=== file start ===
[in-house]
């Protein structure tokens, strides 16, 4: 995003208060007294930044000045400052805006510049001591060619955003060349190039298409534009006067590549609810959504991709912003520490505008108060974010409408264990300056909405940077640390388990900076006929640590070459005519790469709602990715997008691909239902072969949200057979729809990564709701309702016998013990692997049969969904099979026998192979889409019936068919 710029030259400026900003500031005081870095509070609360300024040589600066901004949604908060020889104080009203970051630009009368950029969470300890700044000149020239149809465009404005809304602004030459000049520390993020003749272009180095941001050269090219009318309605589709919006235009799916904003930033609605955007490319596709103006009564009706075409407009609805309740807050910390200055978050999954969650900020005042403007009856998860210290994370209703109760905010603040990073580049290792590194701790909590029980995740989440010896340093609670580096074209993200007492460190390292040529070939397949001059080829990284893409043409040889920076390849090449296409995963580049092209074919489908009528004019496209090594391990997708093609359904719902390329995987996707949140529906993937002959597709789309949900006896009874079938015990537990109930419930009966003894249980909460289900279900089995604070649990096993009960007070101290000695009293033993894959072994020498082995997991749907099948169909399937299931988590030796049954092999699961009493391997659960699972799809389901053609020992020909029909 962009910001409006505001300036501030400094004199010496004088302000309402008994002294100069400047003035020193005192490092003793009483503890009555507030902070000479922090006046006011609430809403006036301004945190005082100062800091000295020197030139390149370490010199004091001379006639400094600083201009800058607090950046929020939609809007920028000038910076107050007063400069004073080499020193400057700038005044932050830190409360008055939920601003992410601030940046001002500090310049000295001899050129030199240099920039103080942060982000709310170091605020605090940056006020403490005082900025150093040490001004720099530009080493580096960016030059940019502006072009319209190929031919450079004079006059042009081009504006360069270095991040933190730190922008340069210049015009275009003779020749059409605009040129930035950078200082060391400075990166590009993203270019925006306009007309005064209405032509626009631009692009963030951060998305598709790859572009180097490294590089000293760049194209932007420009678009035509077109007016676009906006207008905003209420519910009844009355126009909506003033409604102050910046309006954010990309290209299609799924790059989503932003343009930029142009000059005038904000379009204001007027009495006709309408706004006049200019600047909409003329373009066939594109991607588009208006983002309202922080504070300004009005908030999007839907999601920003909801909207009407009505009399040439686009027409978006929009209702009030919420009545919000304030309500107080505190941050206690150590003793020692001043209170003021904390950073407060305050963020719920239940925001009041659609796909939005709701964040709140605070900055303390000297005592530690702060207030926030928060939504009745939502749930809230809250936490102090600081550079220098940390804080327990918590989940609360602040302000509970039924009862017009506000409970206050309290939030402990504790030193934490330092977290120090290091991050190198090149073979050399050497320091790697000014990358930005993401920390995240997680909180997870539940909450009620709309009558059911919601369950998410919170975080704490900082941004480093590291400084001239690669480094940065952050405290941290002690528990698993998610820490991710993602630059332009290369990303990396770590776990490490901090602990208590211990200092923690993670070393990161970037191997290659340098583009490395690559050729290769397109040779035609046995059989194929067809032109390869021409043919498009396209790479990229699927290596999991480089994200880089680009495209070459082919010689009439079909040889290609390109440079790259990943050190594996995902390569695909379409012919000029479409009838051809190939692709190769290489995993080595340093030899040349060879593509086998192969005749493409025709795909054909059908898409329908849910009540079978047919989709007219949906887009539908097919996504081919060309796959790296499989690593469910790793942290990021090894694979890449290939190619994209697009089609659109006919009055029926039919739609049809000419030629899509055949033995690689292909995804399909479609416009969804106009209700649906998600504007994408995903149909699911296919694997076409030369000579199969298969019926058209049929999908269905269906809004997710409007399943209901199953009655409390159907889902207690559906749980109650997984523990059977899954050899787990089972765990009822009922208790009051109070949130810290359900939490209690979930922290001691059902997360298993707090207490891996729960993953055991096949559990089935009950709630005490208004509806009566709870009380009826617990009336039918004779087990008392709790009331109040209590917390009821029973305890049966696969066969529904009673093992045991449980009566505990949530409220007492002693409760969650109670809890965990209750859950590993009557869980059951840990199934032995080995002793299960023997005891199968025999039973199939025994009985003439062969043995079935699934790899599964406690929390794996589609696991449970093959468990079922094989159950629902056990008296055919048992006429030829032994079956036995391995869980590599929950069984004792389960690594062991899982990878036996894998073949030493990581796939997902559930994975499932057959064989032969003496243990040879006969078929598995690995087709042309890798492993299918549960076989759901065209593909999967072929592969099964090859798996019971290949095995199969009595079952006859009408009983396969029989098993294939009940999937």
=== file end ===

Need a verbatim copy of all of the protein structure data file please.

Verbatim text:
[in-house]
């Protein structure tokens, strides 16, 4: 995003208060007294930044000045400052805006510049001591060619955003060349190039298409534009006067590549609810959504991709912003520490505008108060974010409408264990300056909405940077640390388990900076006929640590070459005519790469709602990715997008691909239902072969949200057979729809990564709701309702016998013990692997049969969904099979026998192979889409019936068919 710029030259400026900003500031005081870095509070609360300024040589600066901004949604908060020889104080009203970051630009009368950029969470300890700044000149020239149809465009404005809304602004030459000049520390993020003749272009180095941001050269090219009318309605589709919006235009799916904003930033609605955007490319596709103006009564009706075409407009609805309740807050910390200055978050999954969650900020005042403007009856998860210290994370209703109760905010603040990073580049290792590194701790909590029980995740989440010896340093609670580096074209993200007492460190390292040529070939397949001059080829990284893409043409040889920076390849090449296409995963580049092209074919489908009528004019496209090594391990997708093609359904719902390329995987996707949140529906993937002959597709789309949900006896009874079938015990537990109930419930009966003894249980909460289900279900089995604070649990096993009960007070101290000695009293033993894959072994020498082995997991749907099948169909399937299931988590030796049954092999699961009493391997659960699972799809389901053609020992020909029909 962009910001409006505001300036501030400094004199010496004088302000309402008994002294100069400047003035020193005192490092003793009483503890009555507030902070000479922090006046006011609430809403006036301004945190005082100062800091000295020197030139390149370490010199004091001379006639400094600083201009800058607090950046929020939609809007920028000038910076107050007063400069004073080499020193400057700038005044932050830190409360008055939920601003992410601030940046001002500090310049000295001899050129030199240099920039103080942060982000709310170091605020605090940056006020403490005082900025150093040490001004720099530009080493580096960016030059940019502006072009319209190929031919450079004079006059042009081009504006360069270095991040933190730190922008340069210049015009275009003779020749059409605009040129930035950078200082060391400075990166590009993203270019925006306009007309005064209405032509626009631009692009963030951060998305598709790859572009180097490294590089000293760049194209932007420009678009035509077109007016676009906006207008905003209420519910009844009355126009909506003033409604102050910046309006954010990309290209299609799924790059989503932003343009930029142009000059005038904000379009204001007027009495006709309408706004006049200019600047909409003329373009066939594109991607588009208006983002309202922080504070300004009005908030999007839907999601920003909801909207009407009505009399040439686009027409978006929009209702009030919420009545919000304030309500107080505190941050206690150590003793020692001043209170003021904390950073407060305050963020719920239940925001009041659609796909939005709701964040709140605070900055303390000297005592530690702060207030926030928060939504009745939502749930809230809250936490102090600081550079220098940390804080327990918590989940609360602040302000509970039924009862017009506000409970206050309290939030402990504790030193934490330092977290120090290091991050190198090149073979050399050497320091790697000014990358930005993401920390995240997680909180997870539940909450009620709309009558059911919601369950998410919170975080704490900082941004480093590291400084001239690669480094940065952050405290941290002690528990698993998610820490991710993602630059332009290369990303990396770590776990490490901090602990208590211990200092923690993670070393990161970037191997290659340098583009490395690559050729290769397109040779035609046995059989194929067809032109390869021409043919498009396209790479990229699927290596999991480089994200880089680009495209070459082919010689009439079909040889290609390109440079790259990943050190594996995902390569695909379409012919000029479409009838051809190939692709190769290489995993080595340093030899040349060879593509086998192969005749493409025709795909054909059908898409329908849910009540079978047919989709007219949906887009539908097919996504081919060309796959790296499989690593469910790793942290990021090894694979890449290939190619994209697009089609659109006919009055029926039919739609049809000419030629899509055949033995690689292909995804399909479609416009969804106009209700649906998600504007994408995903149909699911296919694997076409030369000579199969298969019926058209049929999908269905269906809004997710409007399943209901199953009655409390159907889902207690559906749980109650997984523990059977899954050899787990089972765990009822009922208790009051109070949130810290359900939490209690979930922290001691059902997360298993707090207490891996729960993953055991096949559990089935009950709630005490208004509806009566709870009380009826617990009336039918004779087990008392709790009331109040209590917390009821029973305890049966696969066969529904009673093992045991449980009566505990949530409220007492002693409760969650109670809890965990209750859950590993009557869980059951840990199934032995080995002793299960023997005891199968025999039973199939025994009985003439062969043995079935699934790899599964406690929390794996589609696991449970093959468990079922094989159950629902056990008296055919048992006429030829032994079956036995391995869980590599929950069984004792389960690594062991899982990878036996894998073949030493990581796939997902559930994975499932057959064989032969003496243990040879006969078929598995690995087709042309890798492993299918549960076989759901065209593909999967072929592969099964090859798996019971290949095995199969009595079952006859009408009983396969029989098993294939009940999937």